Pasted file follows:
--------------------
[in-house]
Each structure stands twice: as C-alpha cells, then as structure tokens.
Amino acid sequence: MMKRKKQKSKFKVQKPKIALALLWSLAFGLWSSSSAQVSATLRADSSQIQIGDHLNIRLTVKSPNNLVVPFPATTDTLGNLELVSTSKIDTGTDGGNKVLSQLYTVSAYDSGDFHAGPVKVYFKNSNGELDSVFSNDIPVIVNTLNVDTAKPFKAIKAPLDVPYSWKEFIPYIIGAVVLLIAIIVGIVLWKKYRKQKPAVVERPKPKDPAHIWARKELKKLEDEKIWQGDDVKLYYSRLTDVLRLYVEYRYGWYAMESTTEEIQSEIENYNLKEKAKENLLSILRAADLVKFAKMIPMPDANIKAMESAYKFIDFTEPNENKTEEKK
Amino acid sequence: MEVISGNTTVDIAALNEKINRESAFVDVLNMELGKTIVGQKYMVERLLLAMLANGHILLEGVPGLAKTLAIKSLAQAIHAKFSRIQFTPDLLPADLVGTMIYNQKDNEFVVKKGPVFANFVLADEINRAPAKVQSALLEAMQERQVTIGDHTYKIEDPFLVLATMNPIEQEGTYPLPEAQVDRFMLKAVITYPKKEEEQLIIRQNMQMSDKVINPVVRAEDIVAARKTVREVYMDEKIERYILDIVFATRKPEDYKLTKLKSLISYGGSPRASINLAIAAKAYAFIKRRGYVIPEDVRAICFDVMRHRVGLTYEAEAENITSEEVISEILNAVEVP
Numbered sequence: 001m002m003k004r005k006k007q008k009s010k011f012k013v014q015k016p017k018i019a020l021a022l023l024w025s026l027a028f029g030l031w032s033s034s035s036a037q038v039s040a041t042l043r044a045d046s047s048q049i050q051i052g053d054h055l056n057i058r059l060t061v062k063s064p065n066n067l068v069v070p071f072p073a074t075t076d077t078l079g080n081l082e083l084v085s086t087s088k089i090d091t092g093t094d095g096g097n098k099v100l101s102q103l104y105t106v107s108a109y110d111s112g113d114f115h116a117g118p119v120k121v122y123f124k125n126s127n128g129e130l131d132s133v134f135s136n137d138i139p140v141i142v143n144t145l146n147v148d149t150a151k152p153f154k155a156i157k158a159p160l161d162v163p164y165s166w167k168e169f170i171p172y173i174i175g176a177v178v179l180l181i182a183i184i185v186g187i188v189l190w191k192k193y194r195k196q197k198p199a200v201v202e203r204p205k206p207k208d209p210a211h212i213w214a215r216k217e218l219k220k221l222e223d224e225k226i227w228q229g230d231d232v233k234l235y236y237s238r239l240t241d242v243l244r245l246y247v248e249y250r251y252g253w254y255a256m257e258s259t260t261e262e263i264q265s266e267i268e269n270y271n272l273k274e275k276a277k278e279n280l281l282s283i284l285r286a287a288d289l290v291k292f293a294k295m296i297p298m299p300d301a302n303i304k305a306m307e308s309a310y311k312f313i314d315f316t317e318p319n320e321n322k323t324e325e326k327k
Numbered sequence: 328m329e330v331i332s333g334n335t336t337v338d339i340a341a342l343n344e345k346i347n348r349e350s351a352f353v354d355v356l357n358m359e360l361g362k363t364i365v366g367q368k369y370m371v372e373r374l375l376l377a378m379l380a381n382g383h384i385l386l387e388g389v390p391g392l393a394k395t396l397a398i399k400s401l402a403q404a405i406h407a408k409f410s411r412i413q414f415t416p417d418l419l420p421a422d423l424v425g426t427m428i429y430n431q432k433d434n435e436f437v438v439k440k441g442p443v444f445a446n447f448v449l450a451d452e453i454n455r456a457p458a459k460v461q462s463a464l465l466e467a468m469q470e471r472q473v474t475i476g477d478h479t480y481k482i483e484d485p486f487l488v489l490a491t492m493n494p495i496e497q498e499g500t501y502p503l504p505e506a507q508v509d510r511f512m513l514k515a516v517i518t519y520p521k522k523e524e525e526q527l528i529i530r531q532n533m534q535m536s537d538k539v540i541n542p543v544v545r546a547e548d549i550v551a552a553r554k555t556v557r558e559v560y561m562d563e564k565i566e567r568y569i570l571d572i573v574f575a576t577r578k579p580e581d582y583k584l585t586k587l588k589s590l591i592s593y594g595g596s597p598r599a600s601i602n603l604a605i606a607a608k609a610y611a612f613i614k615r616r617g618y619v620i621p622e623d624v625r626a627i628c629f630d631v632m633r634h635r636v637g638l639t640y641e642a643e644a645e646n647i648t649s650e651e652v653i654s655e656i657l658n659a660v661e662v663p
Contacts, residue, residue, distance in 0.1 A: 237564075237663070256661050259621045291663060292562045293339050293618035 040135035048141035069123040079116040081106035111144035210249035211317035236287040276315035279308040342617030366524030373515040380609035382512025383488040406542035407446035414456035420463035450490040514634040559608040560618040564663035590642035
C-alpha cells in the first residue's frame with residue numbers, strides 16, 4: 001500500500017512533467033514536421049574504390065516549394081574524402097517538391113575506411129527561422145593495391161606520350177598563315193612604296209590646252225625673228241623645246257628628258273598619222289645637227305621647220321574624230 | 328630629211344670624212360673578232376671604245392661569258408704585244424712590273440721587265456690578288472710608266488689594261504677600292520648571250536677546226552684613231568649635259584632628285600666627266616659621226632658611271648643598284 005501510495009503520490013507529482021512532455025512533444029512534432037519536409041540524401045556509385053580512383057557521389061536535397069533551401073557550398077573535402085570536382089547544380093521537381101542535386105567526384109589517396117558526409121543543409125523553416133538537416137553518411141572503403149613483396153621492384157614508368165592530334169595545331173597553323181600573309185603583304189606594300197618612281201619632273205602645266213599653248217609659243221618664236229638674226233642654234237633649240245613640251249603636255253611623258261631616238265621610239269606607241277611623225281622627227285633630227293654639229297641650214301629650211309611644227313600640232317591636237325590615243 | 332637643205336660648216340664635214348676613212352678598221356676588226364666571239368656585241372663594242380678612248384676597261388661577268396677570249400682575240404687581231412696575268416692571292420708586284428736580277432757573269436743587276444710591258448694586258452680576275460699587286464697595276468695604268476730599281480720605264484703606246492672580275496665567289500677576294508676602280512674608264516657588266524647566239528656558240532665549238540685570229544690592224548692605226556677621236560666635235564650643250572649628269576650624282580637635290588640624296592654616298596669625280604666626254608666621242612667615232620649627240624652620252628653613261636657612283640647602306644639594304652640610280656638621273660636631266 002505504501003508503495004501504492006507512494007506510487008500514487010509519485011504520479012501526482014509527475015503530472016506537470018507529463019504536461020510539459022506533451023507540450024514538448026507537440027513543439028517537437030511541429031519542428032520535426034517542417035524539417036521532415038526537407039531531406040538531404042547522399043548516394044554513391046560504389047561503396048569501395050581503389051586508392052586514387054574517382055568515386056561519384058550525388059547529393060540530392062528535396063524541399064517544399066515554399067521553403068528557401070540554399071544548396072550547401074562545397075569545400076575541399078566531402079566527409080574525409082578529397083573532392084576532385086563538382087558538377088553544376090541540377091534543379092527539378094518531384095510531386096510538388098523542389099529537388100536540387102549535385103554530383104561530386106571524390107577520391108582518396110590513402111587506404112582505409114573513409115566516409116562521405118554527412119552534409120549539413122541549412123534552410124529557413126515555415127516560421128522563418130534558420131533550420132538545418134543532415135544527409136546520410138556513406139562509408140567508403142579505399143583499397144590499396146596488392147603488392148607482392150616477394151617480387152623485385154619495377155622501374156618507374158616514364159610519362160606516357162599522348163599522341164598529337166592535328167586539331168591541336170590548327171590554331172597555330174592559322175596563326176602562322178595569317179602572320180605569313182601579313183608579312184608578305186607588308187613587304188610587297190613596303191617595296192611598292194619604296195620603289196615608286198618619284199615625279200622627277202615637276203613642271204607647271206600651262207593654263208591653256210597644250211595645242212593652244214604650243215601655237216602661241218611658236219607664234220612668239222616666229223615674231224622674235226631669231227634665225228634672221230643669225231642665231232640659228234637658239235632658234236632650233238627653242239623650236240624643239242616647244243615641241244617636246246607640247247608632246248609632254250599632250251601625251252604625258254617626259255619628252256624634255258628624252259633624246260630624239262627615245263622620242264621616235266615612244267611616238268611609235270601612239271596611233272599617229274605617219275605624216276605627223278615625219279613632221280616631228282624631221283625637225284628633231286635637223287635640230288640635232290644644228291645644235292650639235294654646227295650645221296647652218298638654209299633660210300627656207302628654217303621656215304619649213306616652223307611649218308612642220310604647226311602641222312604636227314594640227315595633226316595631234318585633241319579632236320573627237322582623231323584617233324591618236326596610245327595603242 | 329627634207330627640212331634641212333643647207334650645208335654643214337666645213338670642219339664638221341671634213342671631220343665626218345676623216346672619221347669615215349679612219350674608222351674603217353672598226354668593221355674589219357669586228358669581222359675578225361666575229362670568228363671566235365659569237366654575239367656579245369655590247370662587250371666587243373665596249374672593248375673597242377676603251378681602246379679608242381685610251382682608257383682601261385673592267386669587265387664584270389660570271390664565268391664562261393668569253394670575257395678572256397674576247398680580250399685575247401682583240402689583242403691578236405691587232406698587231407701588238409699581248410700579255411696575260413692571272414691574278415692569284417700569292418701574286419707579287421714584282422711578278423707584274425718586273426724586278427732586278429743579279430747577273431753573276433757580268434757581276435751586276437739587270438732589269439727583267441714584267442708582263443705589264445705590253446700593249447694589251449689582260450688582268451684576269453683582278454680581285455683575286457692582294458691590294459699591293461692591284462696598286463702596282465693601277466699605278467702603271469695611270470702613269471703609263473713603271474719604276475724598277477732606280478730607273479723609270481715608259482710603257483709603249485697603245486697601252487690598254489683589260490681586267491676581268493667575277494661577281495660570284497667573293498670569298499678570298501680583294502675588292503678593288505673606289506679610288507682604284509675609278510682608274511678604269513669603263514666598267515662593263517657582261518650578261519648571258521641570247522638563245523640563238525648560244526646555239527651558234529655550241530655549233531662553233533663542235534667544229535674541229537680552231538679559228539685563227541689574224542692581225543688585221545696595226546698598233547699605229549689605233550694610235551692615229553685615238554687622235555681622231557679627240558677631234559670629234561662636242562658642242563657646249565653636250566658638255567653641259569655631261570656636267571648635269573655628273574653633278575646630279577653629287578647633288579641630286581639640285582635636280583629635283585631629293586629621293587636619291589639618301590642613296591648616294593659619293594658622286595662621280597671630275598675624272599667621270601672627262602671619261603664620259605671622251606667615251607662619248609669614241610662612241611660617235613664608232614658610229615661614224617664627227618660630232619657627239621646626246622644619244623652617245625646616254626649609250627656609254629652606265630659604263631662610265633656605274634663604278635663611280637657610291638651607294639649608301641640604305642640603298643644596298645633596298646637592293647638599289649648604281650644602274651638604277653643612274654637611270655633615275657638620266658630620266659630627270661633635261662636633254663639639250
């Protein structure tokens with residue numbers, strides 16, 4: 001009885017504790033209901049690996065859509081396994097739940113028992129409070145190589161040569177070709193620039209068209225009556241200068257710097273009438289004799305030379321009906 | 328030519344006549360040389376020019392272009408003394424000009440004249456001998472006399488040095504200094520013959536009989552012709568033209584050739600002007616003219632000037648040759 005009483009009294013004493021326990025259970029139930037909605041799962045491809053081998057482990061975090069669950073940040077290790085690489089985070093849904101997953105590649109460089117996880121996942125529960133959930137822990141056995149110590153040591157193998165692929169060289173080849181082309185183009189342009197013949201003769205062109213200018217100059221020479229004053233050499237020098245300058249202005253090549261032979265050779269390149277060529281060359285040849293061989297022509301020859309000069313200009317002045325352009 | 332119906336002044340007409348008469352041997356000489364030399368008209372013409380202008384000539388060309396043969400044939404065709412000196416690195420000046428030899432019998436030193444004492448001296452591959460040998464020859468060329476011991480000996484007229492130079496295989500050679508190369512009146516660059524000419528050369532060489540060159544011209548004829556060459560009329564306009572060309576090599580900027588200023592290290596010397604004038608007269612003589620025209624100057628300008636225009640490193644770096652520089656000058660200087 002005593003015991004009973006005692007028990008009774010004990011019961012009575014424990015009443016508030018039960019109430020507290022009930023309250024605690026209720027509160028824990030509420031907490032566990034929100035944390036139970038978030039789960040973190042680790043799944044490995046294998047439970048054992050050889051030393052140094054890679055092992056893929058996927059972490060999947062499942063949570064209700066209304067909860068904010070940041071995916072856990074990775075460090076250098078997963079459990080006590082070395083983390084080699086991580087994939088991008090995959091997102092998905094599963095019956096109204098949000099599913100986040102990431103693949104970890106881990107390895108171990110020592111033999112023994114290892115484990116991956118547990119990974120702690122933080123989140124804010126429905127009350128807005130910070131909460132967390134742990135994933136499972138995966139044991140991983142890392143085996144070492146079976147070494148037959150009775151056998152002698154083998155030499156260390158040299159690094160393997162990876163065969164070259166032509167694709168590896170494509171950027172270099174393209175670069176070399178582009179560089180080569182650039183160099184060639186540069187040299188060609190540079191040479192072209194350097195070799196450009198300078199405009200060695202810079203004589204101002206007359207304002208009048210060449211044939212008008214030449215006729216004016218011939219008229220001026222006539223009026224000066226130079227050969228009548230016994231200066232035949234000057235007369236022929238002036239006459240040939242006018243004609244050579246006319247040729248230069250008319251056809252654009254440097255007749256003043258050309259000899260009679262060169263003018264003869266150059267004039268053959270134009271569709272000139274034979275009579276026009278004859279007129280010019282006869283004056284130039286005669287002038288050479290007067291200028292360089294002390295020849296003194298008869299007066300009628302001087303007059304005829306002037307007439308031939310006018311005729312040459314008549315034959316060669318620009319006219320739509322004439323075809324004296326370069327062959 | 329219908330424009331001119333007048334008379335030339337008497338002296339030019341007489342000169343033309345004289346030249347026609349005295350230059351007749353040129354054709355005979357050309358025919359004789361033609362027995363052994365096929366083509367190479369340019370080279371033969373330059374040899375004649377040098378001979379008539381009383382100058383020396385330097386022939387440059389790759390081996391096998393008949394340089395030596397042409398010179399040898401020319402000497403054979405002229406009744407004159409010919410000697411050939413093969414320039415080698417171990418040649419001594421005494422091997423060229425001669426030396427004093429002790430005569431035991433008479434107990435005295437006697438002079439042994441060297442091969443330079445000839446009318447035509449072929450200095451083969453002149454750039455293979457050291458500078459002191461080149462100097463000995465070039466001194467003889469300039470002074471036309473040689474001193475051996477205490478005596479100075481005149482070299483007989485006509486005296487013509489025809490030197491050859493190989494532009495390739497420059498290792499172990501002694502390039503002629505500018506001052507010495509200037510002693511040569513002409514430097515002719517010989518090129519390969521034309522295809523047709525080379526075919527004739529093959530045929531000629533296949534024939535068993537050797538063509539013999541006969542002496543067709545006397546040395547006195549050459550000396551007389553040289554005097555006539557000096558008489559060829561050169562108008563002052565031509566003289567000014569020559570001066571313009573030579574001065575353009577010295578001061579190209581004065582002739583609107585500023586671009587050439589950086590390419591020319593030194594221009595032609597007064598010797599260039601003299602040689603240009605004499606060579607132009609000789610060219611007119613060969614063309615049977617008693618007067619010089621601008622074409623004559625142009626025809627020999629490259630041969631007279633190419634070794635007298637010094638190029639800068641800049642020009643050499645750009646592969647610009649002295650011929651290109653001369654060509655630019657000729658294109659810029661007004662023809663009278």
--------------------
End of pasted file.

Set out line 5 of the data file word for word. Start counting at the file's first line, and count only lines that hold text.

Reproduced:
Numbered sequence: 001m002m003k004r005k006k007q008k009s010k011f012k013v014q015k016p017k018i019a020l021a022l023l024w025s026l027a028f029g030l031w032s033s034s035s036a037q038v039s040a041t042l043r044a045d046s047s048q049i050q051i052g053d054h055l056n057i058r059l060t061v062k063s064p065n066n067l068v069v070p071f072p073a074t075t076d077t078l079g080n081l082e083l084v085s086t087s088k089i090d091t092g093t094d095g096g097n098k099v100l101s102q103l104y105t106v107s108a109y110d111s112g113d114f115h116a117g118p119v120k121v122y123f124k125n126s127n128g129e130l131d132s133v134f135s136n137d138i139p140v141i142v143n144t145l146n147v148d149t150a151k152p153f154k155a156i157k158a159p160l161d162v163p164y165s166w167k168e169f170i171p172y173i174i175g176a177v178v179l180l181i182a183i184i185v186g187i188v189l190w191k192k193y194r195k196q197k198p199a200v201v202e203r204p205k206p207k208d209p210a211h212i213w214a215r216k217e218l219k220k221l222e223d224e225k226i227w228q229g230d231d232v233k234l235y236y237s238r239l240t241d242v243l244r245l246y247v248e249y250r251y252g253w254y255a256m257e258s259t260t261e262e263i264q265s266e267i268e269n270y271n272l273k274e275k276a277k278e279n280l281l282s283i284l285r286a287a288d289l290v291k292f293a294k295m296i297p298m299p300d301a302n303i304k305a306m307e308s309a310y311k312f313i314d315f316t317e318p319n320e321n322k323t324e325e326k327k